For Rick Segal, chief executive of HSR Business to Business, life seems to just keep getting better.

"Every day our work is a little more interesting, a little higher profile, a little more fun, and a little more profitable than it was the day before. At the end of each day, we can say that the work we've done is the best that we've done yet," Segal says.

HSR, a marketing communications firm, combines the strategy of a consulting firm with the specialization of an advertising agency. It also specializes in media relations and Internet development

"We are exclusively dedicated to the needs of the client who is marketing their goods or services to other businesses," Segal says. "We're not involved in any consumer advertising. Most of our work you see in trade journals and trade shows."

The first few years were typical of any new enterprise, but once HSR reached its seventh year, things began to change. In the early 1990s, HSR gambled on computer-distributed communications, which gave it an early appreciation of the Internet's power. Four years later, HSR won the GE Aircraft Engines account, a milestone for the company, Segal says. Since then, HSR has lined up clients such as Kodak, Cintas, and Cincinnati Bell.

Advertising Age has named HSR the best business-to-business agency in the Un-ited States three times. The recognition has strengthened HSR's position in Cincinnati and made way for the national market. This growth has allowed HSR to open a Chicago office.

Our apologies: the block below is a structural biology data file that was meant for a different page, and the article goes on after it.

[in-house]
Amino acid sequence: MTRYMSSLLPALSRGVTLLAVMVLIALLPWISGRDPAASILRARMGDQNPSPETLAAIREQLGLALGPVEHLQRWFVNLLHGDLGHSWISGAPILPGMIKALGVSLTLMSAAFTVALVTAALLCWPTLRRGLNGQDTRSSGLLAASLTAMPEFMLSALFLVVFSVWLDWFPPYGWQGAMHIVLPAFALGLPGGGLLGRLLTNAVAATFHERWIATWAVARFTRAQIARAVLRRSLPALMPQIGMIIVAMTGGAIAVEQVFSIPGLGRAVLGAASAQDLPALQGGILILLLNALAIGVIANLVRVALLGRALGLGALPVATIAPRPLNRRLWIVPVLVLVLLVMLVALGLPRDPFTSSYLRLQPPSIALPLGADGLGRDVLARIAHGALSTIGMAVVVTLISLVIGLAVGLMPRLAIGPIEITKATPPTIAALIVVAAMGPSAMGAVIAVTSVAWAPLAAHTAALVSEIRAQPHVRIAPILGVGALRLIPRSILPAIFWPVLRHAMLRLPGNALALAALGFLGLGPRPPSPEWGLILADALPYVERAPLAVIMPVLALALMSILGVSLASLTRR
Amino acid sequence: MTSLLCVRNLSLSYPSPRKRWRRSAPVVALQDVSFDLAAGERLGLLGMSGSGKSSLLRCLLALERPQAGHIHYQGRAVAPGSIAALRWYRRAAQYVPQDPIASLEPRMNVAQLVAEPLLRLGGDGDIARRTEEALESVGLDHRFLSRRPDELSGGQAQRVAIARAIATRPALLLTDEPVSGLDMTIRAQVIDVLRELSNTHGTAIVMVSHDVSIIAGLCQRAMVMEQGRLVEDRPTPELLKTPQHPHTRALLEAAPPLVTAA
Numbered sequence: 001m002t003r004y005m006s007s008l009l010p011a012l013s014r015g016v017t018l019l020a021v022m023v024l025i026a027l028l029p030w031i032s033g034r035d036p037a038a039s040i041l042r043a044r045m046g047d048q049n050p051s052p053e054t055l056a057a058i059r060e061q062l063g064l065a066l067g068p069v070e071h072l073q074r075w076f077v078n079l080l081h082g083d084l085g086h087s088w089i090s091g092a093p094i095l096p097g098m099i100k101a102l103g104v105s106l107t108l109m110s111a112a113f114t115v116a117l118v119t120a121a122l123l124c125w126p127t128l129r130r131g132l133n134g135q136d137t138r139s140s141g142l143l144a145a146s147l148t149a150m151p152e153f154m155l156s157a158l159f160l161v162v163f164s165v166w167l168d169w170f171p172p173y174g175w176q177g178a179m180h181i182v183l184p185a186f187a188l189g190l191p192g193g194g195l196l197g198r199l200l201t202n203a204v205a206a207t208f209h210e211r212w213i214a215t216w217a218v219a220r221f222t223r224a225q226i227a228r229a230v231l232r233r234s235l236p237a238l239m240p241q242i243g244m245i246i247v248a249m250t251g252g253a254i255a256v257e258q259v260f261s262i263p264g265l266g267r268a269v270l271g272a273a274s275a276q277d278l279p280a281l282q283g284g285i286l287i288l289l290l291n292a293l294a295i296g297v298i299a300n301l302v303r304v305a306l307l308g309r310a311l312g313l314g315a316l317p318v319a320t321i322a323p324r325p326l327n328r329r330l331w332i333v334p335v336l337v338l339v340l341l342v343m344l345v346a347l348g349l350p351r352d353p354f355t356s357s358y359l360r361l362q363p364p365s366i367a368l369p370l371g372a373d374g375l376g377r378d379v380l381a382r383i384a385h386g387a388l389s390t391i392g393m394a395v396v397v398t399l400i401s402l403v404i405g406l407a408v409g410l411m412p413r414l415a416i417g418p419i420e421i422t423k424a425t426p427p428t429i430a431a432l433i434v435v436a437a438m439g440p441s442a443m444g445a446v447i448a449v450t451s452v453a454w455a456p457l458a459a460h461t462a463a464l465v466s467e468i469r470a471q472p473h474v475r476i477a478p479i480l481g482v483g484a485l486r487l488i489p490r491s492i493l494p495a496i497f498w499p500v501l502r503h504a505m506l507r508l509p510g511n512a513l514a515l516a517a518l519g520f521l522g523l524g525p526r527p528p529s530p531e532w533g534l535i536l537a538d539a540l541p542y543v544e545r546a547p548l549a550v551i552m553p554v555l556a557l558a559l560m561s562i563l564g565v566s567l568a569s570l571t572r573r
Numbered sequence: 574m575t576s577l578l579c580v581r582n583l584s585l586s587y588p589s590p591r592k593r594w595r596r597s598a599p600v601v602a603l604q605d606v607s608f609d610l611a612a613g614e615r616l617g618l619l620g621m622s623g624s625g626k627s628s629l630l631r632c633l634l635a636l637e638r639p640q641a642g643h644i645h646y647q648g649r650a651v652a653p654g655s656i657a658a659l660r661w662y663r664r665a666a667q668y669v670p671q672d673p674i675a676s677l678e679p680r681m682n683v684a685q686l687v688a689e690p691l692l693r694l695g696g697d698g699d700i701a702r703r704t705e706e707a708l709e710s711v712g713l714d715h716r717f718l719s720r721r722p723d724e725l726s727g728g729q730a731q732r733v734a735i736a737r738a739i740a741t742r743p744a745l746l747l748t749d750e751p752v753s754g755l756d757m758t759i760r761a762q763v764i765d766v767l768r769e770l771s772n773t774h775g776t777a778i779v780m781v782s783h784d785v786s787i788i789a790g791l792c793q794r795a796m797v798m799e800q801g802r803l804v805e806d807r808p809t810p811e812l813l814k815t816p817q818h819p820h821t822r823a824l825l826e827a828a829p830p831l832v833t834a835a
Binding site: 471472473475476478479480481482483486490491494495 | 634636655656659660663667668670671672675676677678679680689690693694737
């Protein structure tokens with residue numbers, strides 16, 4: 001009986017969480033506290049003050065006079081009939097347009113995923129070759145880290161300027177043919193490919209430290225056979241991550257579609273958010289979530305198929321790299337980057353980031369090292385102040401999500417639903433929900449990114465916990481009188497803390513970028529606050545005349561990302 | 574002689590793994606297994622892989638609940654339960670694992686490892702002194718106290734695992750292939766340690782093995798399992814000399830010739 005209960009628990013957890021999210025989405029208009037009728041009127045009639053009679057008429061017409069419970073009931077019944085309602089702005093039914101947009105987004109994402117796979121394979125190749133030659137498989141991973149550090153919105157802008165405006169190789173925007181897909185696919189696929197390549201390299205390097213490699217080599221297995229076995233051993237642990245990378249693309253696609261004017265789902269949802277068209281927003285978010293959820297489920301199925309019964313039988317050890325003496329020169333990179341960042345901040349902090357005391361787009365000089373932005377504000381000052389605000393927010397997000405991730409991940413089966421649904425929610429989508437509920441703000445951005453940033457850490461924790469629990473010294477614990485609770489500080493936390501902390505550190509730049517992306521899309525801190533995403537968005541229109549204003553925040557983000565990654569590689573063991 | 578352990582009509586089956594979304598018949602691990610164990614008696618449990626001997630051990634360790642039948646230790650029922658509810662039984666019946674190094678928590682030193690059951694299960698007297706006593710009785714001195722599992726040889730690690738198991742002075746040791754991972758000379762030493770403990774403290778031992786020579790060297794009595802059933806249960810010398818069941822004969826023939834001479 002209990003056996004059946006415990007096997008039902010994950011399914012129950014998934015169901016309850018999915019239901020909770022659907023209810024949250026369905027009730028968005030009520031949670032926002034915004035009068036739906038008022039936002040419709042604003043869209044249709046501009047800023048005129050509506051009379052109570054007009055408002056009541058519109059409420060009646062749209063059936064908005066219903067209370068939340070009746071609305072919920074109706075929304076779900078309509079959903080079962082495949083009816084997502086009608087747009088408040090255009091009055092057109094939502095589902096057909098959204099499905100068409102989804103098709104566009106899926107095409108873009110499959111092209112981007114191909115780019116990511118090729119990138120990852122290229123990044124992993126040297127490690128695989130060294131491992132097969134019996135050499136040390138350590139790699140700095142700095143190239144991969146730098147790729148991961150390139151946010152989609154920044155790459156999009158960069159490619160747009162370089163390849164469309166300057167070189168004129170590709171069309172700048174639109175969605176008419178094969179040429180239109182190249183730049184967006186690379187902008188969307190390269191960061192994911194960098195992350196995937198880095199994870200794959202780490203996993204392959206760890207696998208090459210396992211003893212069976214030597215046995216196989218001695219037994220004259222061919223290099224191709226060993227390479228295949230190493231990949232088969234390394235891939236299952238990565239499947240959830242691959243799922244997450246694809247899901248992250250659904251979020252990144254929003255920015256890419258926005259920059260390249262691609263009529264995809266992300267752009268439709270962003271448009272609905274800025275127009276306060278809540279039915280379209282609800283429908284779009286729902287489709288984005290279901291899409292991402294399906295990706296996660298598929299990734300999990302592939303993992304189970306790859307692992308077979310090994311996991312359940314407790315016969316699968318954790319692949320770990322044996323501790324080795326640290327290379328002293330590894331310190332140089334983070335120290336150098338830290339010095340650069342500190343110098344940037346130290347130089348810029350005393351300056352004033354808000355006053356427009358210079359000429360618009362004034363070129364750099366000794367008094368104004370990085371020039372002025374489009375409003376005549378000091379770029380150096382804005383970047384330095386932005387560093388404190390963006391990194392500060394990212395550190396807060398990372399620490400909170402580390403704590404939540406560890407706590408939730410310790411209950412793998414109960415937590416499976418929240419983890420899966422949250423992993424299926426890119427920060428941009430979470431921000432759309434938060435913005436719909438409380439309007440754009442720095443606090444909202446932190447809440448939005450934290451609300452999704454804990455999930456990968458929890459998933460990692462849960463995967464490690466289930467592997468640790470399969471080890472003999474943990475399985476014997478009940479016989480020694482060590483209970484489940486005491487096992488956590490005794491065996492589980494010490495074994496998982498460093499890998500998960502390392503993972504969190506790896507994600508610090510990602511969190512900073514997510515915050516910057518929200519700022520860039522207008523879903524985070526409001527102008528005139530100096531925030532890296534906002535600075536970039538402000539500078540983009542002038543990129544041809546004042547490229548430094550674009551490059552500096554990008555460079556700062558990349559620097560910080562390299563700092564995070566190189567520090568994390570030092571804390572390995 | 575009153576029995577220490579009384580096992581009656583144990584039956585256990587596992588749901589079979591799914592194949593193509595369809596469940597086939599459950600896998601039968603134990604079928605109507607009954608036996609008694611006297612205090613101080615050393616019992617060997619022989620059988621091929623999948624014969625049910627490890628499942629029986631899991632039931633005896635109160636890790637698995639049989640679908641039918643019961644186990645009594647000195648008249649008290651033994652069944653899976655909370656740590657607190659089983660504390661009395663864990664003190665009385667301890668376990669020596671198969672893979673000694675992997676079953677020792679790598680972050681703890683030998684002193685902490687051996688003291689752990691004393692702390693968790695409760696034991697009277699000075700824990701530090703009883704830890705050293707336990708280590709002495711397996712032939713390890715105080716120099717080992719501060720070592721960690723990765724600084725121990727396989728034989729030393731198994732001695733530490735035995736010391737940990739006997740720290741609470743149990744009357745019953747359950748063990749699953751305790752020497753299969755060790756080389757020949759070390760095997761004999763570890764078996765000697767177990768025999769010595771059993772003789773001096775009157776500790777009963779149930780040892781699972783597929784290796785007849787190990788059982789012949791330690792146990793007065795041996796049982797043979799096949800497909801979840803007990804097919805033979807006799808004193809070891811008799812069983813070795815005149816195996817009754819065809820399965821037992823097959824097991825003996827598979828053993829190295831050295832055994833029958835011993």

HSR has grown quicker than what Segal and Michael W. Hensley, executive vice president and director of integrated marketing communications, expected.

HSR has seemingly weathered the storms of the dot-com bust, Sept. 11, and challenging economic times. The agency reported a new record in capitalized billings of $70.3 million for the fiscal year ending Aug. 31, 2004. The agency's fourth quarter, June-August 2004, was also a record quarter.

Once consumed by his work, Segal now pursues other interests. He has de-veloped a fondness for sporting clays, which he describes as "putt-putt with a shotgun," and has started playing the banjo. Taking his focus off work has allowed Segal to grow in his personal and professional life.

"You just need something that is not totally involved with the work. A hobby takes you into a whole new group of friends that don't have a hold on you in the business interests."

Segal found that becoming a student again helped him better train his staff. "The guys that are teaching me to shoot the shotgun and play the banjo are really teaching me how to be a better teacher."

The key to success at HSR is keeping a hold on the staff. "It's a lot like being the owner of a sports team, and everyone on the staff is a free agent," Segal says. "Everybody here has lots of opportunities available to them all the time. A large part of my job here is trying to keep HSR more interesting, more challenging, and more fun than what people think they could do flying solo.

"This is a business where you ask yourself, 'Are you being responsive to the service requests that are being made of you and are you continuing to come up with fresh, imaginative ideas?' As long as you're doing those two things, then you're going to keep clients."